Sherlock shot Bowie a look, saw that he was concentrating on helping his daughter stuff moo shu pork into her burrito. Well, Erin was a professional, and she seemed smart and savvy. Evidently Bowie thought so. Why not use her brain? Sherlock said, "We've got a witness who saw our girl wriggle out of Caskie Royal's bathroom window, land in the bushes below, bounce right up, and take off running into Van Wie Park."


Erin nearly fell off her chair in a dead faint. She cleared her throat. "Did the witness give you a description?"

"Yes, he did. Longish hair flopping up and down out the back of a baseball cap. Probably brown, like yours, Erin. She was tall and rangy, the guy said. Slender. He said she didn't look like a runner, but he was struck by how gracefully she moved. Fluidly, smoothly, he said. Isn't that interesting?" And Sherlock held her eyes.

She can't know, she can't know, she can't- Erin laughed to keep the terror out of her voice. "That is an odd thing to say. I wonder who she is."

Bowie said, "Whoever she is, she's got Caskie Royal's fate in her hands, and he knows it. His lawyers sure know it, and I'll bet now his bosses in Germany know it. He's scared, but not enough to let us help him yet, the idiot."

Sherlock added, "We also had a gorgeous German agent added to the mix today. Dolores Cliff, one of Bowie's agents, thinks he looks like Adonis. He's not Dillon, but I've gotta be honest here-he's a pretty close second."

Bowie said to Georgie, "You remember Agent Cliff ?"

"Oh, yes, she kicked my soccer ball clear out of the field. It took Coach and a bunch of parents to find it. She showed me how to do the splits. I'll bet Erin does the splits better than anybody."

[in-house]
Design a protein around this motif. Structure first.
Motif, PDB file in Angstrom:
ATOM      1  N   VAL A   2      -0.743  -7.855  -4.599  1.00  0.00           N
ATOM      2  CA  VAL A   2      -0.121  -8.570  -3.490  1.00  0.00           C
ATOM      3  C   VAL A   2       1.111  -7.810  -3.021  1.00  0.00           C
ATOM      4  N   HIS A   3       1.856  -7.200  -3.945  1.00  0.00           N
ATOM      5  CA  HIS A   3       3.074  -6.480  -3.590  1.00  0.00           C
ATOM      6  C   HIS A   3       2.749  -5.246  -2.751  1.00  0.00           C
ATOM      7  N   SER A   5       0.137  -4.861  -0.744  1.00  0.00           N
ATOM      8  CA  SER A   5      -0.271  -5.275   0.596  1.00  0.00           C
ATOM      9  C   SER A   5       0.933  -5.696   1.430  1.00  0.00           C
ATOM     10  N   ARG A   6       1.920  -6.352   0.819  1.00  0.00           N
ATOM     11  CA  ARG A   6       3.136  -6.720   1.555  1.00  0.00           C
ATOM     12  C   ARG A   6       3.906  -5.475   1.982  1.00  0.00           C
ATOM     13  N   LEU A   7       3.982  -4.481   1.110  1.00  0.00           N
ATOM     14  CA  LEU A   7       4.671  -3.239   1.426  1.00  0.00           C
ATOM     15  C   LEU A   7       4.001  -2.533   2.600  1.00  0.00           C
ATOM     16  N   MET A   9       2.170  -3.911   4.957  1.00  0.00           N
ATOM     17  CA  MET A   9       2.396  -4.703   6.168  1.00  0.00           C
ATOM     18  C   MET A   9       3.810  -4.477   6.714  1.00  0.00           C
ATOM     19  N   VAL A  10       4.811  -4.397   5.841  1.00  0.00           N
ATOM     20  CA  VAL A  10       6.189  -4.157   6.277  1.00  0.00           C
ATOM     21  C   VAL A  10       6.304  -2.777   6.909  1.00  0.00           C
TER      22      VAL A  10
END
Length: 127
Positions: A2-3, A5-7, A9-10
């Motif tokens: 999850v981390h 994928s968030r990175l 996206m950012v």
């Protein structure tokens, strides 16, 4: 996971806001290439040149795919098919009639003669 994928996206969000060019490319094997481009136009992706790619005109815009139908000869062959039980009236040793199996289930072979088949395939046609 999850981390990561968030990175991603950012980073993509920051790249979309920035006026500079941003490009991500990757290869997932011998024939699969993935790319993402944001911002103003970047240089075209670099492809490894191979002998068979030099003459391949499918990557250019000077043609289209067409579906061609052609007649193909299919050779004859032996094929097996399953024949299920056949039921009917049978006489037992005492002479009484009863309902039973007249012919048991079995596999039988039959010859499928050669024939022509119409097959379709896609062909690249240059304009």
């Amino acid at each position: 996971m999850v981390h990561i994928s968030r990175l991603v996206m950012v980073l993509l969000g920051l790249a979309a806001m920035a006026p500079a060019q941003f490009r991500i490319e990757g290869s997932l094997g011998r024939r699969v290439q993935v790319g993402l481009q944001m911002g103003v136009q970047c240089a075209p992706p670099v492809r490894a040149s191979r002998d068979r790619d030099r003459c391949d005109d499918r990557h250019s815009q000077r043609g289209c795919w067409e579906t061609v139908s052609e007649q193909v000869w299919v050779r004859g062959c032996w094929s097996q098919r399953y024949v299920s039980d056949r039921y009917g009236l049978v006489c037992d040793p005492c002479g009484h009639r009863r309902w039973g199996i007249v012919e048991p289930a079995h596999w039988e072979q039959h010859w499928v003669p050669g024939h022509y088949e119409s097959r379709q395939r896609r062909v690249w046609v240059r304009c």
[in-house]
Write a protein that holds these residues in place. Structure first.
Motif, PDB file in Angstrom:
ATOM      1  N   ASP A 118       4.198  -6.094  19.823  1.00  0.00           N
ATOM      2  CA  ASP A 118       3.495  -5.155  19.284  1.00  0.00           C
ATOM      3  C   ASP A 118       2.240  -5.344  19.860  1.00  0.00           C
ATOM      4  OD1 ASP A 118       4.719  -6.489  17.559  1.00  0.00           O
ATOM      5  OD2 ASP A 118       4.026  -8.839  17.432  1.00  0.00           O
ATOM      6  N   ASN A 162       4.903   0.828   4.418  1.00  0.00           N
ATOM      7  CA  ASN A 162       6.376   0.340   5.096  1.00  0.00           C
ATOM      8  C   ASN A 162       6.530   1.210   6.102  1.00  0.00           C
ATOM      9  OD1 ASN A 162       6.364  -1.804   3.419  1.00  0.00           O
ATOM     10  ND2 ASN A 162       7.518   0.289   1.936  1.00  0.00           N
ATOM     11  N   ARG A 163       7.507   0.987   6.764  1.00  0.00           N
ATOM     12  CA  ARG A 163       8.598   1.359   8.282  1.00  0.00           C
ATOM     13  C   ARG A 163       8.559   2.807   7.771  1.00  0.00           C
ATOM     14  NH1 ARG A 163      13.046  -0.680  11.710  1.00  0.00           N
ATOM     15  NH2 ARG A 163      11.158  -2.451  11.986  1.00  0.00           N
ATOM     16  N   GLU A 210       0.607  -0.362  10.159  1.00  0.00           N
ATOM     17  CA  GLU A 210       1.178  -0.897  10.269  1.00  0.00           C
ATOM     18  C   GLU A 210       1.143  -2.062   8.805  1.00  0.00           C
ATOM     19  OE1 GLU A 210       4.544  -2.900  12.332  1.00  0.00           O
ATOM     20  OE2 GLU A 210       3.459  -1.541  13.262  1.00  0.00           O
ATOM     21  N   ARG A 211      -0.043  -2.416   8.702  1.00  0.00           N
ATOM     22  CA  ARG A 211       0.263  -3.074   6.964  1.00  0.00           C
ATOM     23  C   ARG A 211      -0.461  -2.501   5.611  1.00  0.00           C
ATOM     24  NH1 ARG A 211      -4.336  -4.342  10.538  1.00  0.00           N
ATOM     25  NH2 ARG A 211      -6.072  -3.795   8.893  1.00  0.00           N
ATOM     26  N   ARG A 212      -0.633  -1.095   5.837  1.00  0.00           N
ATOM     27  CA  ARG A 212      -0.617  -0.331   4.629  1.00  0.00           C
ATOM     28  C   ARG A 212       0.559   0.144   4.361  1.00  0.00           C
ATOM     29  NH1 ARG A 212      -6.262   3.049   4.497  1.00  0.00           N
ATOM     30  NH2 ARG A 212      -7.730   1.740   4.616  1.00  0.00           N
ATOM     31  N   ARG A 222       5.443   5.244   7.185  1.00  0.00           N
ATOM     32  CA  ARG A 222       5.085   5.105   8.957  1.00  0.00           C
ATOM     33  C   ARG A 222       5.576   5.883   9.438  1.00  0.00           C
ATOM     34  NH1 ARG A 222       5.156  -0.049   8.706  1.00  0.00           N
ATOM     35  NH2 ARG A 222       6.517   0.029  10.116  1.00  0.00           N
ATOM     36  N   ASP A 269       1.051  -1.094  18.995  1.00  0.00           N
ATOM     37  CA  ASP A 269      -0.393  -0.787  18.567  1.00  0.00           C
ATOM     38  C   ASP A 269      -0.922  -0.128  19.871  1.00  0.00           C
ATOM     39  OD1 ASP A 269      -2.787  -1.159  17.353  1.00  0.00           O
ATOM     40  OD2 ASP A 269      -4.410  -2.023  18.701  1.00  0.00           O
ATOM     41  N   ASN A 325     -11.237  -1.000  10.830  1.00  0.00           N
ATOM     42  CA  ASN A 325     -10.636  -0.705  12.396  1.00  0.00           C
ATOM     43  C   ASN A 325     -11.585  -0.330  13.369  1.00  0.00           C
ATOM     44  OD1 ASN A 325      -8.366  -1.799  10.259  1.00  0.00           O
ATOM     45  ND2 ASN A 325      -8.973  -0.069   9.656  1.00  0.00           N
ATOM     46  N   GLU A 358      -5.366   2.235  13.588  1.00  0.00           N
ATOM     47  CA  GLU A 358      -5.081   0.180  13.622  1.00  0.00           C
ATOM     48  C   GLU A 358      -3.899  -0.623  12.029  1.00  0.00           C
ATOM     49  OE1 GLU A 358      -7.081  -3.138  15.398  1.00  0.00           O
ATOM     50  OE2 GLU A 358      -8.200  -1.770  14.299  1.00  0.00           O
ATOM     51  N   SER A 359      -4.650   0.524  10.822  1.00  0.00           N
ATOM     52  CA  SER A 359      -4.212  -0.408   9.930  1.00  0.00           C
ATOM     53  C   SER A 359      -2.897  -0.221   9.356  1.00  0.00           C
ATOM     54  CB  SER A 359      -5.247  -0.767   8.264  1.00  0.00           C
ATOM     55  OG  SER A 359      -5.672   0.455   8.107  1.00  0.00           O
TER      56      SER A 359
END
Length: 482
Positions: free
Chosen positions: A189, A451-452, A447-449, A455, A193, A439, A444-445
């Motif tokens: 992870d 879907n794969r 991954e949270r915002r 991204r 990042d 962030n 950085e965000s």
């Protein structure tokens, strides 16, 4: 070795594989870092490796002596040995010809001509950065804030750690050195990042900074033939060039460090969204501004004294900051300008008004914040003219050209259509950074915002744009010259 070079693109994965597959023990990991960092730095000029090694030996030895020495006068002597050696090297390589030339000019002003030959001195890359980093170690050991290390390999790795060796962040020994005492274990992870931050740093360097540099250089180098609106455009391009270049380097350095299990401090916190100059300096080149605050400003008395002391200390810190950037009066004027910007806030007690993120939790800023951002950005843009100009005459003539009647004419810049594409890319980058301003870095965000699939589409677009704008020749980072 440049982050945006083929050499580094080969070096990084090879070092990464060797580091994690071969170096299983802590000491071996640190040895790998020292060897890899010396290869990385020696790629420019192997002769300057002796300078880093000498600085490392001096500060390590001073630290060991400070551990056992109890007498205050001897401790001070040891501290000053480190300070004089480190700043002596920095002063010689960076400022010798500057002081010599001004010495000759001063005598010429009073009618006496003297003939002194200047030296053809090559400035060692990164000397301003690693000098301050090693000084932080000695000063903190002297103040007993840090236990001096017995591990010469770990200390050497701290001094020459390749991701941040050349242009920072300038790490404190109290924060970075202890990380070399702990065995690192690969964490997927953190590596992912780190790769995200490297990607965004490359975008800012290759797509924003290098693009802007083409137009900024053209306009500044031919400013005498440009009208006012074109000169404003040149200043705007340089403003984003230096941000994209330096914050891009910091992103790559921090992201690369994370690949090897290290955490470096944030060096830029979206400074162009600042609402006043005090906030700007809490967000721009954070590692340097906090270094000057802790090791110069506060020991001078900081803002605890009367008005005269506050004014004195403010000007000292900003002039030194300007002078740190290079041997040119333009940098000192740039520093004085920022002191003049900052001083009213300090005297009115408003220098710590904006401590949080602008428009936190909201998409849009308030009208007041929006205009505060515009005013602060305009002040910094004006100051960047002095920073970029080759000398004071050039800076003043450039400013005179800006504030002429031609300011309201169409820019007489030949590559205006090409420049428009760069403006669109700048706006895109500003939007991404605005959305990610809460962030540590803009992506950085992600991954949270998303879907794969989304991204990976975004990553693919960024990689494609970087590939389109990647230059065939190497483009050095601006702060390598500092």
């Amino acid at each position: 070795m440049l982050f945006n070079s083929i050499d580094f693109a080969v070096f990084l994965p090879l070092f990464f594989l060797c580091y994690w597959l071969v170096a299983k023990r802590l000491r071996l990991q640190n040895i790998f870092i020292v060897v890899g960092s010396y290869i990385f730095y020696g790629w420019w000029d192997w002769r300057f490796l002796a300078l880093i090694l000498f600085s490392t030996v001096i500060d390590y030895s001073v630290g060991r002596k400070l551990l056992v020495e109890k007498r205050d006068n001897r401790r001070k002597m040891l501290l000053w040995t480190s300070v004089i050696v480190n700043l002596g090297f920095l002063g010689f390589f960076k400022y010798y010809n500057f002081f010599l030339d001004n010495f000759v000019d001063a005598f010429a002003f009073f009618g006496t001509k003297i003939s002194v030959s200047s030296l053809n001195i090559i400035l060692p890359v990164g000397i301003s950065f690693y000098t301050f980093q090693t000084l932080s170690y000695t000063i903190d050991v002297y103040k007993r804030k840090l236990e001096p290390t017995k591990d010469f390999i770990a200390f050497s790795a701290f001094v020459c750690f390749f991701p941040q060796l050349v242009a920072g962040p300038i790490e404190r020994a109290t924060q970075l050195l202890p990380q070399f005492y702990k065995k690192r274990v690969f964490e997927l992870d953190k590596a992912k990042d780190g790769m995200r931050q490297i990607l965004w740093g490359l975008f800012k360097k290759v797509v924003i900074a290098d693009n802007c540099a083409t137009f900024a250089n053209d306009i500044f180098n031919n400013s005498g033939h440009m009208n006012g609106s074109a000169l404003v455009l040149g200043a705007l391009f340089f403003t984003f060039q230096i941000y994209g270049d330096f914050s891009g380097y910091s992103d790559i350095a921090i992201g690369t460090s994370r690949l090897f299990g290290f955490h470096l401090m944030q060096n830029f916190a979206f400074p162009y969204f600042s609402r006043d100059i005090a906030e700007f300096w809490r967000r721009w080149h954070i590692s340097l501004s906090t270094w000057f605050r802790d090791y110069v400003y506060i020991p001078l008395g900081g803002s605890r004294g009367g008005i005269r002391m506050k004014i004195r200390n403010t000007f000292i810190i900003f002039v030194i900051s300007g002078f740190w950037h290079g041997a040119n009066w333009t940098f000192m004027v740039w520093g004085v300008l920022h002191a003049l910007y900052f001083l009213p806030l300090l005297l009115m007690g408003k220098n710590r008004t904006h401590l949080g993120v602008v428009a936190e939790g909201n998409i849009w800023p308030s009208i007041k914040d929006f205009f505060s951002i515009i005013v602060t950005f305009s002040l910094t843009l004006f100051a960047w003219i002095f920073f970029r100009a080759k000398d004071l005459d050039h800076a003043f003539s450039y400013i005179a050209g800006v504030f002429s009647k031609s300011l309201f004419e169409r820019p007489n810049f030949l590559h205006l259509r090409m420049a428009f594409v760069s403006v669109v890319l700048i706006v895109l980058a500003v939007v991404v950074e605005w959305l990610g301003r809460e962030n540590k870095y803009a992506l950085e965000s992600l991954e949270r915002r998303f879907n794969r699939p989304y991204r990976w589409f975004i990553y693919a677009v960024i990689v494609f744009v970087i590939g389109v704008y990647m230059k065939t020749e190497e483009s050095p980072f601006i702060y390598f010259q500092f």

"Don't kiss up," Bowie said. "Yeah, that's Agent Cliff, a real hardnose. Only thing is, she's acting like you'd better not act when you turn thirteen, kiddo, and discover Y chromosomes."

"What's Y chromosomes?"

"Y chromosomes give fathers nightmares." He ruffled his daughter's hair. "Boys," he added.

Erin said, "You mean this guy, this Adonis, bowled her right over?"

"Yeah. I had to team him up with a guy who wouldn't care what he looked like."

"Why does he look like Adonis?" Georgie asked.

It was left to Sherlock to describe Kesselring, and she did him justice.

Georgie thought about this as she took another bite of her moo shu pork burrito. "I bet Krissy would really like him."

Bowie blinked. "Why do you think Krissy would like this foreign agent, sweetheart?"

"I heard Krissy tell you that she really likes your sexy stomach muscles. I'll bet this guy has sexy stomach muscles like you."

Bowie looked appalled. Erin thought he looked like his heart had seized.

Savich said easily, "This makes me wonder if Sean has passed along any phone conversations he's overheard. Scary, isn't it, Sherlock?"

Sherlock laughed. She leaned over to Georgie. "Do you know, I've probably said the same thing about Dillon. Hmm. I have to say that Agent Kesselring does look like a real dish. But you know what? Even though he looks like a chocolate sundae, I don't like him much. He isn't a straight shooter like Dillon or your dad, and that's something super important. I don't think he's got much respect for us women, either."

© 2012-2016 Электронная библиотека booklot.ru